The Sentencing Council has published definitive guidance covering new sentences for individuals who commit gross negligence manslaughter. With this guideline coming into force in courts on 1 November 2018, jail time of up to 18 years is being proposed for the worst offenders.
Gross negligence manslaughter is committed by an individual whose gross breach of a duty of care causes or significantly contributes to a death.
Since the inception of the Sentencing Guidelines for Health and Safety, Food hygiene and corporate manslaughter in 2016, record fines have been issued for companies and a reduced threshold for individuals to be sent to jail under the two-year maximum term for health and safety offences.
We take a closer look at how the gross negligence manslaughter sentencing will be calculated and how this may affect your business:
The level of capability will be the key criterion which will determine the length of jailtime! As with the 2016 guidelines, there are 4 levels of culpability which range from low to very high. The starting points are 12 years, eight years, four years and two years for culpabilities of ‘very high’, ‘high’, ‘medium’ and ‘lower’, respectively.
In a typical case arising in the workplace, the most likely factors that would put you into the ‘high’ culpability category are: cost saving as a motivation for the breach; and “blatant disregard for a very high risk of death”(If you failed to address previous warnings which has resulted in a fatality).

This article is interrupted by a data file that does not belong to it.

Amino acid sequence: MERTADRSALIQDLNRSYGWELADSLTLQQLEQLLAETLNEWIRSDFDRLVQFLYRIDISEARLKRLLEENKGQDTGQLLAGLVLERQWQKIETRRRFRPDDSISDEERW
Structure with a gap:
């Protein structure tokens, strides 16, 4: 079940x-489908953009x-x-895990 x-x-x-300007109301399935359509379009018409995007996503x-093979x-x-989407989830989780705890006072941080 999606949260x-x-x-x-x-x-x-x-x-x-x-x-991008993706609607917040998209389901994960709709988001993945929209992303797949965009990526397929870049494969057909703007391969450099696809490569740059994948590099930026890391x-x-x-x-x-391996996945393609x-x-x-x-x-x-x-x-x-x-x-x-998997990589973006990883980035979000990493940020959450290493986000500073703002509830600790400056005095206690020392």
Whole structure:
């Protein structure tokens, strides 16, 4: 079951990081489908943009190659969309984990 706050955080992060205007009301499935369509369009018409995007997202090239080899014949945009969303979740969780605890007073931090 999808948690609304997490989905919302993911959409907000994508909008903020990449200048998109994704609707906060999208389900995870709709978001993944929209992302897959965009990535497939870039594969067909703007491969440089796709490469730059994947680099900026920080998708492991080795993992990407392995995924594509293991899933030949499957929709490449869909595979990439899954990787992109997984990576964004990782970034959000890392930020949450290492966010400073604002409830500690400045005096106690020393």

With the introduction of the Gross negligence manslaughter sentencing guidance, increased prison sentences are likely to rise significantly. The message to senior level management and directors is loud and clear to ensure that health and safety culture is harnessed to ensure that compliance is met.
There are 3 other types of manslaughter with are also covered by the guideline:
Unlawful act manslaughter – this is the most commonly prosecuted form of manslaughter and includes deaths that results from assaults where there was no intention to kill or cause very serious harm. It can also include unintended deaths that results from other crimes, such as arson or robbery.
Manslaughter by reason of loss of control – This arises if the actions of an offender, who would otherwise be guilty of murder, resulted from a loss of self control, for example arising from a fear of serious violence.
Manslaughter by reason of diminished responsibility – Someone guilty of this offence would have been suffering from a recognised mental condition which affected their responsibility at the time of the offence, without which they would have been convicted of murder.
Sentences for these three types of manslaughter are not expected to increase.
At CSC we will monitor this news and the impact it will have on our industry.
If you need any advice on this topic, please feel free to contact us.